G.R. No. L-15127, 30 May 1961
Emetrio Cui took his preparatory law course at Arellano University. He then enrolled in its College of Law from the first year until the first semester of his 4th year. During these years, he was awarded scholarship grants of the said university amounting to a total of P1,033.87. He then transferred and took his last semester as a law student at Abad Santos University. To secure permission to take the bar, he needed his transcript of records from Arellano University. The defendant refused to issue the TOR until he had paid back the P1,033.87 scholarship grant which Emetrio refunded as he could not take the bar without Arellano’s issuance of his TOR.
On August 16, 1949, the Director of Private Schools issued Memorandum No. 38 addressing all heads of private schools, colleges, and universities. Part of the memorandum states that “the amount in tuition and other fees corresponding to these scholarships should not be subsequently charged to the recipient students when they decide to quit school or to transfer to another institution. Scholarships should not be offered merely to attract and keep students in a school”.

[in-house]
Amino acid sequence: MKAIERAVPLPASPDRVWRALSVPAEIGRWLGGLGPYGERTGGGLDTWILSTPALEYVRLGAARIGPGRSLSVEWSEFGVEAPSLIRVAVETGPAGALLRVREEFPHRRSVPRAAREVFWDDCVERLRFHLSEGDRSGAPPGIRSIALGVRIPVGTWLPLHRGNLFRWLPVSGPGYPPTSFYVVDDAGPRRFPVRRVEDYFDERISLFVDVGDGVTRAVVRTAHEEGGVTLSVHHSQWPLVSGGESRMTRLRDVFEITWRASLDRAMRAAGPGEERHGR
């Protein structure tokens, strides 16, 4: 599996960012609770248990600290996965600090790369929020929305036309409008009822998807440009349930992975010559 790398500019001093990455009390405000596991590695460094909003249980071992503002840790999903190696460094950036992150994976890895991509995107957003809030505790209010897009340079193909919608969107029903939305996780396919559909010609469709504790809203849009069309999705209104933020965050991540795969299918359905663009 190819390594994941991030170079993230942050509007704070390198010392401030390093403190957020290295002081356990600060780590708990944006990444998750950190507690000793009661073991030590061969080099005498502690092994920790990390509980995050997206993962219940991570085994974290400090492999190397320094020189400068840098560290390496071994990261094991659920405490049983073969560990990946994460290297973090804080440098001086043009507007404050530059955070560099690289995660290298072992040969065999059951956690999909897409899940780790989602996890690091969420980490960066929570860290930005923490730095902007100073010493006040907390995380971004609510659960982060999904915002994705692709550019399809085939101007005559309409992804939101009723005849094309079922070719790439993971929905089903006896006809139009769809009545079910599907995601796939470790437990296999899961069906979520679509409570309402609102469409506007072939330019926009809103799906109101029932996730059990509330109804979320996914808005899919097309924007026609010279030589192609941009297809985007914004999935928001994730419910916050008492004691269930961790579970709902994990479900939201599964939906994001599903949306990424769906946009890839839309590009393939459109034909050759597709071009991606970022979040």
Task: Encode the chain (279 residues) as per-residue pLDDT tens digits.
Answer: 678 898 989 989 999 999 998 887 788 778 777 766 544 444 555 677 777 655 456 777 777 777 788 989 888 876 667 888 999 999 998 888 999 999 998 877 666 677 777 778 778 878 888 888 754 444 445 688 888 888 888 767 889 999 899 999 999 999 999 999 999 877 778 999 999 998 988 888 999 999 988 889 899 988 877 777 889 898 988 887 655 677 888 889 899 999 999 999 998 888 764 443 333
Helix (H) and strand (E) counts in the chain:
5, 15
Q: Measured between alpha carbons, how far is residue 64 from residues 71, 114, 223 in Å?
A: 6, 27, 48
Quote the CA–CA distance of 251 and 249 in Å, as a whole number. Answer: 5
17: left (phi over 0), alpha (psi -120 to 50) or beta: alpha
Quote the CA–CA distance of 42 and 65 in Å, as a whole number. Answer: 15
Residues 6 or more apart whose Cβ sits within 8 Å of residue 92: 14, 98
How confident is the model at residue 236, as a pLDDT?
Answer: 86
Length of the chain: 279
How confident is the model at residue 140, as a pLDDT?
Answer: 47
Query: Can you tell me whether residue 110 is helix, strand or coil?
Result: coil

Whether the provision of the contract between plaintiff and defendant, whereby the former waived his right to transfer to another school without refunding to the latter the equivalent of his scholarship in cash, is valid or not.
Not valid. Memorandum No. 38 issued by the Director of Private Schools provides that “When students are given a full or partial scholarship, it is understood that such scholarship is merited and earned. The amount in tuition and other fees corresponding to these scholarships should not be subsequently charged to recipient students when they decide to quit school or to transfer to another institution.” Scholarship should not be offered merely to attract and keep students in a school.
Memorandum No. 38 merely incorporates a sound principle of public policy. The defendant uses the scholarship as a business scheme designed to increase the business potential of an educational institution. Thus, conceived, it is not only inconsistent with sound policy but also, good morals. The practice of awarding the scholarship to attract students and keep them in school is not a good custom nor has it received some kind of social and practical confirmation except in some private institution as in Arellano University. Any contract entered into between parties which is against the law, morals, good custom, public policy, or public order is void.
* Case digest by Immanuel Y. Granada, LLB-1, Andres Bonifacio Law School, SY 2017-2018